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article imageAutism study at Duke draws skepticism from experts

By Mike Rossi     Jul 15, 2014 in Science
Durham - A bold, new study led by researchers at Duke University seeks to examine the applicability of umbilical cord stem cells for use in the treatment of autism.
The five-year, $40 million clinical trial—the first two years of which are being funded by a $15 million contribution from the Marcus Foundation—will take its direction from Joanne Kurtzberg, a doctor and professor of pediatrics at the university.
Researchers plan to study nearly 400 individuals, a combination of autistic infants and adults, to determine if either subject-banked or donated umbilical cord blood can help to reduce, or even reverse, the symptoms of autism.
Though no physicians or researchers criticize the noble intentions of the nascent program, some question the prudence of a $40 million investment given that so little is known about the therapeutic potential of stem cells on the brain, particularly with regard to a genetic disorder like autism.
“I wish we knew more about the pathogenesis of autism, which is a fancy word for saying what causes it, before we proceeded with these kinds of trials…Overall, I have very mixed feelings,” said Paul Knoepfler, a PhD and professor of Cell Biology and Human Anatomy at the University of California, Davis.
Arnold Kriegstein, the Director of Regenerative Medicine and Stem Cell Research at the University of California, San Francisco, also feels a trial of this magnitude is markedly premature. With purposeful directness, he stated “I think it would be marvelous if this trial worked, but it really seems more like a 'Hail Mary pass' than a rational therapy.”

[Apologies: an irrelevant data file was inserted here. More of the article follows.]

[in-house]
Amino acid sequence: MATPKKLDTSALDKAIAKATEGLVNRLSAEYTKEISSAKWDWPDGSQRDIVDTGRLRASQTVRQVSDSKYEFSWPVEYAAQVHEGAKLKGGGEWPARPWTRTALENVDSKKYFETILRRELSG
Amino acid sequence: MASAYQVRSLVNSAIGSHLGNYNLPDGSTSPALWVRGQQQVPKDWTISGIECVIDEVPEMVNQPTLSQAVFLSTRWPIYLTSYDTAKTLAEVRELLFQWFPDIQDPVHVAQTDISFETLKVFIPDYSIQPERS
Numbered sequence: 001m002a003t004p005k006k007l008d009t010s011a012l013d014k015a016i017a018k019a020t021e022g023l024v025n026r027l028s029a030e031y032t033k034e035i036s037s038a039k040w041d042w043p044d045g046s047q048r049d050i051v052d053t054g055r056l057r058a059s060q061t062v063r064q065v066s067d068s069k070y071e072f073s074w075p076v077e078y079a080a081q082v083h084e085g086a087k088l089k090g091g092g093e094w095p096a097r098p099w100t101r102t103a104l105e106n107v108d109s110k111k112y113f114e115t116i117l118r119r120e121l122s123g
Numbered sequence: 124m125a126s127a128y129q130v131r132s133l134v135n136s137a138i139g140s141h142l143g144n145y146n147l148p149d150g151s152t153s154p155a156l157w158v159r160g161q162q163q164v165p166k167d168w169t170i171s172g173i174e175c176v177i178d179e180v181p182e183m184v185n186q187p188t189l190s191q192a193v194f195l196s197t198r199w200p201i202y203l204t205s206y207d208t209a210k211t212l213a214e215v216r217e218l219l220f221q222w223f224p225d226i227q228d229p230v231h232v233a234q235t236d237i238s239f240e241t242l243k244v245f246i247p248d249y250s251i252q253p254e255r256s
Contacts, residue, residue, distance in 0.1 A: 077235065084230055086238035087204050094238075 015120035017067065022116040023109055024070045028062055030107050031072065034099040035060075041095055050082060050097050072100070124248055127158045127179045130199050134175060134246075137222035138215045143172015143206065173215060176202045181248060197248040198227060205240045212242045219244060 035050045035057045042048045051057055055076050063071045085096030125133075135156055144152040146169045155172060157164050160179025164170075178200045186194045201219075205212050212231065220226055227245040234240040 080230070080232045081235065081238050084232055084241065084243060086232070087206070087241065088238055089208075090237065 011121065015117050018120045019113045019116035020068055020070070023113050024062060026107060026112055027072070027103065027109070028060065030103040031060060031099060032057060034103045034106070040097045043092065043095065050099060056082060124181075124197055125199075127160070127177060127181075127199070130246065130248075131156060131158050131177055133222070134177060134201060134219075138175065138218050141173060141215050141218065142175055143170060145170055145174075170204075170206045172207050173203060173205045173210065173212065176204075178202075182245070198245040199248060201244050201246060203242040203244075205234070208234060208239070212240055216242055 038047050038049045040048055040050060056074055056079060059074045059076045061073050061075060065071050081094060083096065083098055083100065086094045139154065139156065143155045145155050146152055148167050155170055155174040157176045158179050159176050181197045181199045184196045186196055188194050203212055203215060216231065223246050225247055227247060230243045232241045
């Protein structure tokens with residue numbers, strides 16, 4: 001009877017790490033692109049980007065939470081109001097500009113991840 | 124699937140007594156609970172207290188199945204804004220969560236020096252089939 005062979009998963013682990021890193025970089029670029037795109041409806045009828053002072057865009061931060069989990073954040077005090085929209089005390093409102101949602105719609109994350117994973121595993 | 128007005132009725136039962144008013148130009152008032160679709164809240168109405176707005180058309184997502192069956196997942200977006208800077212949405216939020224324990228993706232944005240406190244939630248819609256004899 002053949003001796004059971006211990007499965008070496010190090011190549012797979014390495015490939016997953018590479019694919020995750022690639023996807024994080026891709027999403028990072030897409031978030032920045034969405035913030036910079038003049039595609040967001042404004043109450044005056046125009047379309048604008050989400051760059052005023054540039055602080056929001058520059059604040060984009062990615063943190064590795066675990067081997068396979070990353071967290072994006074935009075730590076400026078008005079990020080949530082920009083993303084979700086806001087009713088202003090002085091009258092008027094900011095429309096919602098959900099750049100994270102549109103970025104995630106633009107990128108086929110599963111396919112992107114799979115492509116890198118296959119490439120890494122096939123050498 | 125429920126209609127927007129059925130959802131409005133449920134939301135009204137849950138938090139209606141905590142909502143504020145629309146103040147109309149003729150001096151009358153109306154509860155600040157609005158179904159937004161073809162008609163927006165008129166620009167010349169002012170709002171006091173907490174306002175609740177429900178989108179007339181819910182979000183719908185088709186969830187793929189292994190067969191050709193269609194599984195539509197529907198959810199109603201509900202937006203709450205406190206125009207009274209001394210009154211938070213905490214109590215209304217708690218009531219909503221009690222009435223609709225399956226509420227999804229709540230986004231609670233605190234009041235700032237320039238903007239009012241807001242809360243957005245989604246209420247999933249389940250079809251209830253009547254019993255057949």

Kurtzberg, however, intends to proceed with the trials as planned in spite of her critics, arguing that the program’s “enormous potential” outweighs the risk of starting major research without a solid foundation of empirical evidence.
The first stage of the trial, which got underway in June, features 20 children between the ages of two and five.
Doctors will apply a single dosage of the patient’s own, banked cord-blood and study the results over a non-specified timeline. The ultimate hope being that the cord-blood can diffuse through the brain’s protective barriers and develop into dedicated cells that will help restore normal function.
The study, which concludes in 2019, is currently enrolling qualified patients. Interested families can inquire further by contacting Duke at or (844) 800-CORD or (844) 800-2673.
The full press release from Duke University is available here.
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